Based on kernel version 4.2. Page generated on 2015-09-09 12:15 EST.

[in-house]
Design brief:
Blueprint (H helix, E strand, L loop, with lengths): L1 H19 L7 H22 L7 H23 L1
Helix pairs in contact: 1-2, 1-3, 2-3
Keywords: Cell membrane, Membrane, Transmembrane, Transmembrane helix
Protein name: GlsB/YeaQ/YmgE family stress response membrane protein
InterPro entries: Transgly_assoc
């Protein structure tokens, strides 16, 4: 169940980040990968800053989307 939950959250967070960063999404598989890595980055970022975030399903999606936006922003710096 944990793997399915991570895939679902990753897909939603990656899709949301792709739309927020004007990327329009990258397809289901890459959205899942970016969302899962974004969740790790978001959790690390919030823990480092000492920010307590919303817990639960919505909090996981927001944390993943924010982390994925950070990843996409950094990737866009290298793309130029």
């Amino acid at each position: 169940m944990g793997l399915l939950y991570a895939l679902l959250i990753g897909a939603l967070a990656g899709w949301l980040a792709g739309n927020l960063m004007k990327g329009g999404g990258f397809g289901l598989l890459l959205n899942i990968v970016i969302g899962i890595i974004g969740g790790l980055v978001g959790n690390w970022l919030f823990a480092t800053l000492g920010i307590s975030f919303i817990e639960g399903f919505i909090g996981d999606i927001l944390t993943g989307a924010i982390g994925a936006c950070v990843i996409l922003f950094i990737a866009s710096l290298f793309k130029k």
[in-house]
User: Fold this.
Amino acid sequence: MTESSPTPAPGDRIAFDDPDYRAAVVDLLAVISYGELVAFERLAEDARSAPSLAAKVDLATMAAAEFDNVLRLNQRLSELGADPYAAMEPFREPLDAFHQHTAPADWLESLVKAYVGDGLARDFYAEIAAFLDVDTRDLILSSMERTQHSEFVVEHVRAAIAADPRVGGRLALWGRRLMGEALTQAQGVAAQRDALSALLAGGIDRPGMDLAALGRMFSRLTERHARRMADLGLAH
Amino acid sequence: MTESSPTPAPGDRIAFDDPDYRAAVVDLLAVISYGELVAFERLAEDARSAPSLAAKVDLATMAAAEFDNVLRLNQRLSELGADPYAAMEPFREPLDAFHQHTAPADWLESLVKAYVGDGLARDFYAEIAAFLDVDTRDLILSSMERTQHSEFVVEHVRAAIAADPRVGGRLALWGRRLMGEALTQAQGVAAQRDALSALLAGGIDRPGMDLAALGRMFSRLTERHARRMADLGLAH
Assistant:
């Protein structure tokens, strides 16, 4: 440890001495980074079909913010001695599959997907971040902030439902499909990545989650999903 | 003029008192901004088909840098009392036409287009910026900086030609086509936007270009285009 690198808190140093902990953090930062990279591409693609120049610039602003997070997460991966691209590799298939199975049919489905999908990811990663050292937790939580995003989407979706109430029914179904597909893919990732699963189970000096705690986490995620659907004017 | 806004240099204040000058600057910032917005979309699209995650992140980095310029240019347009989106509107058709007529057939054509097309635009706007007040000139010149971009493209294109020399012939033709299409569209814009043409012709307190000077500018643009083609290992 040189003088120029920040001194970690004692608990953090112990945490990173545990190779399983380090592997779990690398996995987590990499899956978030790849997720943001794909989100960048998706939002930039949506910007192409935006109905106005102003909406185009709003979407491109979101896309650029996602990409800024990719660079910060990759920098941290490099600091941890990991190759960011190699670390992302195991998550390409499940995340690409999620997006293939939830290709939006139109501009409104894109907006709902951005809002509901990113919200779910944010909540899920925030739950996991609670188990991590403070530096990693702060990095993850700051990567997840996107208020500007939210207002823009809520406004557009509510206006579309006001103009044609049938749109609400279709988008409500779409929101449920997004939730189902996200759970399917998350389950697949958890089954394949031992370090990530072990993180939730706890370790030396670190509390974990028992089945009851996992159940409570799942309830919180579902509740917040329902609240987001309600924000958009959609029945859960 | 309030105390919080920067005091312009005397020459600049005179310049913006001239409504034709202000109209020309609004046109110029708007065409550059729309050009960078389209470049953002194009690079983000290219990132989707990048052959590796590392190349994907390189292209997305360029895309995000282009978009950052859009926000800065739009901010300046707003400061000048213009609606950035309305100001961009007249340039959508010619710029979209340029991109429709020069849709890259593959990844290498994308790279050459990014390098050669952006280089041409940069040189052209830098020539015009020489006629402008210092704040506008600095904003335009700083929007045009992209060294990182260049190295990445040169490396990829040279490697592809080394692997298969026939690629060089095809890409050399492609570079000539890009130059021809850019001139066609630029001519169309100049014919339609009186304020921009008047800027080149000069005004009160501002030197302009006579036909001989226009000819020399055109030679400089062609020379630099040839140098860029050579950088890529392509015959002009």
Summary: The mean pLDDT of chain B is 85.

1 This file documents some of the kernel entries in 2 arch/x86/entry/entry_64.S. A lot of this explanation is adapted from 3 an email from Ingo Molnar: 4 5 http://lkml.kernel.org/r/<20110529191055.GC9835%40elte.hu> 6 7 The x86 architecture has quite a few different ways to jump into 8 kernel code. Most of these entry points are registered in 9 arch/x86/kernel/traps.c and implemented in arch/x86/entry/entry_64.S 10 for 64-bit, arch/x86/entry/entry_32.S for 32-bit and finally 11 arch/x86/entry/entry_64_compat.S which implements the 32-bit compatibility 12 syscall entry points and thus provides for 32-bit processes the 13 ability to execute syscalls when running on 64-bit kernels. 14 15 The IDT vector assignments are listed in arch/x86/include/asm/irq_vectors.h. 16 17 Some of these entries are: 18 19 - system_call: syscall instruction from 64-bit code. 20 21 - entry_INT80_compat: int 0x80 from 32-bit or 64-bit code; compat syscall 22 either way. 23 24 - entry_INT80_compat, ia32_sysenter: syscall and sysenter from 32-bit 25 code 26 27 - interrupt: An array of entries. Every IDT vector that doesn't 28 explicitly point somewhere else gets set to the corresponding 29 value in interrupts. These point to a whole array of 30 magically-generated functions that make their way to do_IRQ with 31 the interrupt number as a parameter. 32 33 - APIC interrupts: Various special-purpose interrupts for things 34 like TLB shootdown. 35 36 - Architecturally-defined exceptions like divide_error. 37 38 There are a few complexities here. The different x86-64 entries 39 have different calling conventions. The syscall and sysenter 40 instructions have their own peculiar calling conventions. Some of 41 the IDT entries push an error code onto the stack; others don't. 42 IDT entries using the IST alternative stack mechanism need their own 43 magic to get the stack frames right. (You can find some 44 documentation in the AMD APM, Volume 2, Chapter 8 and the Intel SDM, 45 Volume 3, Chapter 6.) 46 47 Dealing with the swapgs instruction is especially tricky. Swapgs 48 toggles whether gs is the kernel gs or the user gs. The swapgs 49 instruction is rather fragile: it must nest perfectly and only in 50 single depth, it should only be used if entering from user mode to 51 kernel mode and then when returning to user-space, and precisely 52 so. If we mess that up even slightly, we crash. 53 54 So when we have a secondary entry, already in kernel mode, we *must 55 not* use SWAPGS blindly - nor must we forget doing a SWAPGS when it's 56 not switched/swapped yet. 57 58 Now, there's a secondary complication: there's a cheap way to test 59 which mode the CPU is in and an expensive way. 60 61 The cheap way is to pick this info off the entry frame on the kernel 62 stack, from the CS of the ptregs area of the kernel stack: 63 64 xorl %ebx,%ebx 65 testl $3,CS+8(%rsp) 66 je error_kernelspace 67 SWAPGS 68 69 The expensive (paranoid) way is to read back the MSR_GS_BASE value 70 (which is what SWAPGS modifies): 71 72 movl $1,%ebx 73 movl $MSR_GS_BASE,%ecx 74 rdmsr 75 testl %edx,%edx 76 js 1f /* negative -> in kernel */ 77 SWAPGS 78 xorl %ebx,%ebx 79 1: ret 80 81 If we are at an interrupt or user-trap/gate-alike boundary then we can 82 use the faster check: the stack will be a reliable indicator of 83 whether SWAPGS was already done: if we see that we are a secondary 84 entry interrupting kernel mode execution, then we know that the GS 85 base has already been switched. If it says that we interrupted 86 user-space execution then we must do the SWAPGS. 87 88 But if we are in an NMI/MCE/DEBUG/whatever super-atomic entry context, 89 which might have triggered right after a normal entry wrote CS to the 90 stack but before we executed SWAPGS, then the only safe way to check 91 for GS is the slower method: the RDMSR. 92 93 Therefore, super-atomic entries (except NMI, which is handled separately) 94 must use idtentry with paranoid=1 to handle gsbase correctly. This 95 triggers three main behavior changes: 96 97 - Interrupt entry will use the slower gsbase check. 98 - Interrupt entry from user mode will switch off the IST stack. 99 - Interrupt exit to kernel mode will not attempt to reschedule. 100 101 We try to only use IST entries and the paranoid entry code for vectors 102 that absolutely need the more expensive check for the GS base - and we 103 generate all 'normal' entry points with the regular (faster) paranoid=0 104 variant.